Dearborn — Behind City Hall, in an older red-brick commercial strip on the west side of Schaefer, stands arguably the best one-two foodie punch in Metro Detroit.
They’re family-run. They’re unpretentious, friendly and sincere. They’re evidence that high-quality meat and fish can be found in more places than trendy markets in high-income enclaves or the inventories of the genre turned political statement by, say, Whole Foods and its ilk.
It’s hard to beat Phil Calandra’s The Fish Market, ground zero for killer swordfish, halibut (in season), fresh whole squid (when he can get it) and whole fish from the Mediterranean most can find only on upscale menus. Or Alcamo’s, a storied Italian market whose row of pasta and polenta, case of house-made sausage and prime beef, are as affordable as they are transcendent.
We’ve been customers of both for the better part of the past decade, reveling with so many others in the cozy familiarity of these side-by-side Dearborn institutions standing the test of time. Their proprietors, and the next generation who likely will be, know (and love) their goods in ways the folks at your local Kroger never could or would.
And if you love their stuff too, well, that’s the beginning of a beautiful thing.
These family-owned businesses still work because they know their market and price their goods accordingly, namely affordably. Drive 15 miles or so north into Birmingham or Bloomfield, or west to Ann Arbor, and the prices soar — often on meat, fish or San Marzano tomatoes obtained from some of the same suppliers.
Case in point: A few years back, I remember asking John Chimento, the patriarch of Alcamo’s, why he didn’t charge more for his prime porterhouse. His answer, as I recall, went something like “because I don’t want to gouge people.”
That and the simple fact that John and Phil next door are smart enough businessmen to know that the fastest way to close the doors on their family endeavors is to charge posh Oakland County prices in a place that is neither posh nor in Oakland County.
“It’s whatever the traffic will bear,” Phil Calandra told me in a rollicking interview Monday. “My swordfish, in Ann Arbor, is about $30 to $35 a pound. We don’t pick up fish three times a week. We get fish every day.”
This guy loves what he does — 31 years selling fish from behind L-shaped cases filled with ice. This time of year, it starts to the right with mussels and soft-shell crabs. Then the whiting and kingfish, followed by the whole red mullet prized in France, the branzino and orata elevated by the Italians, the porgies popular in New England.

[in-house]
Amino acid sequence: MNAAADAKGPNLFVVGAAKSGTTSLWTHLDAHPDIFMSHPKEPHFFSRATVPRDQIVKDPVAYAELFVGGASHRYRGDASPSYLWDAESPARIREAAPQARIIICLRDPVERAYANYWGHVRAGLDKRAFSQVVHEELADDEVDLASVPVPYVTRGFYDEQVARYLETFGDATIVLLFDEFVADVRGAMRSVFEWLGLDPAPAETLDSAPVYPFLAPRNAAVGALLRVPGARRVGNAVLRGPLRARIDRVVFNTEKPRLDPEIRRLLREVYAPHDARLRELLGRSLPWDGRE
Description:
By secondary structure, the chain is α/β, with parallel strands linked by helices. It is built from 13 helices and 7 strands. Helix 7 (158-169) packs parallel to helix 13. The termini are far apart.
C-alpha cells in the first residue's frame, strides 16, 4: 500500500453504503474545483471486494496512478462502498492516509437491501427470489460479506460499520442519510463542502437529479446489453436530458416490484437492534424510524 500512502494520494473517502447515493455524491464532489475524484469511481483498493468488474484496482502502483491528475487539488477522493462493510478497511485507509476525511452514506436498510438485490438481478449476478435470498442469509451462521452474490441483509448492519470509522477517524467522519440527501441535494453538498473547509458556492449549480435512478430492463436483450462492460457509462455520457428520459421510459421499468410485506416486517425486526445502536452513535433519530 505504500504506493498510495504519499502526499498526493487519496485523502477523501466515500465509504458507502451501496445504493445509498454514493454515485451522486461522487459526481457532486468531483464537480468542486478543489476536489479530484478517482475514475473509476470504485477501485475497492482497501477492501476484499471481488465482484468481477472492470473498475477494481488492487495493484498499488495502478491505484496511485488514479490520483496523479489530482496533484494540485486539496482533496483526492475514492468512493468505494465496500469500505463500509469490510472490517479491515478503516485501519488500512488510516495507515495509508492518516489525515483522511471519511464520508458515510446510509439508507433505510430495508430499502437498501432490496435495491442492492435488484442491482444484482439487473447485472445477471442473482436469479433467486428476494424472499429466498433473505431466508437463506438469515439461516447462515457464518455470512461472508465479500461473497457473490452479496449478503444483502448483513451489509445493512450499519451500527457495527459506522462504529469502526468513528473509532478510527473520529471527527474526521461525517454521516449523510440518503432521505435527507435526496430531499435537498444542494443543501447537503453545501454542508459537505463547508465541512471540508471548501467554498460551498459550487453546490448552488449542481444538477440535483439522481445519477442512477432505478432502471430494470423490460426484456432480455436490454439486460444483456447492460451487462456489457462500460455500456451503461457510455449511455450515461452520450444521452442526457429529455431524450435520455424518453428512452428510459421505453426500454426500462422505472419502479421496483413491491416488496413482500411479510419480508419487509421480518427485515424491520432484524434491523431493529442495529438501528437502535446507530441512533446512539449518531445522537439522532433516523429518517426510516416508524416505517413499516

Turn the corner and things go orange: Copper River salmon, Atlantic salmon and Scottish sea trout, a well-marbled fish transformed by a quick high-heat roast. Fire it atop thinly sliced potato seasoned with s&p, a little fresh thyme and sautéed wild mushrooms finished with lemon juice (a Jamie Oliver riff).
And on it goes, past the dry sea scallops, three sizes of shrimp and into the filleted fish Phil fries like a mad-man on most Fridays. He figures he cooks 40 pounds of cod on a single day, and nearly as much lake perch for the hordes who return repeatedly for their half-pound of fish, fries and sides.
Mind you: The guy is 80, and he routinely works 13-hour days, still. Joined the Marines in 1950 at age 16; owned and ran an Italian restaurant outside Chicago; sold oils and cooking fats; spent the first 20 or so years in the fish retailing business rising before 3 a.m. to select his own fish from distributors, drive his own high-lo and deposit the catch in his own truck.
It’s a labor of love that his third son, christened Santino but known to everyone as Sonny, intends to continue “because I want to keep it in the family, number one, and because I like meeting interesting people.”
The makings for good food, done well, have ways of doing just that. Another case in point: Wanna blow away the foodies in your world this Labor Day weekend?
Call Alcamo’s on a Thursday. Ask for Emily (or Pina) and place an order for one of their signature porterhouses. Two inches thick, yes, enough to feed at least four people. Season it with kosher salt, add a slick of olive oil, lots of freshly ground pepper and some chopped rosemary.
Grill it right (too little is better than too much), let it rest, separate the strip and the tenderloin from the bone, slice the chunks on the bias. Reassemble the pieces along the bone, finish with a tiny dusting of salt.
The result: your own Bistecca Fiorentina, a Tuscan standard. Don’t do meat? Slide next door; either way, you’ll get great grub from a real family-run market that treats its customers the old-fashioned way without breaking the bank.
Daniel Howes’ column runs Tuesdays, Thursdays and Fridays.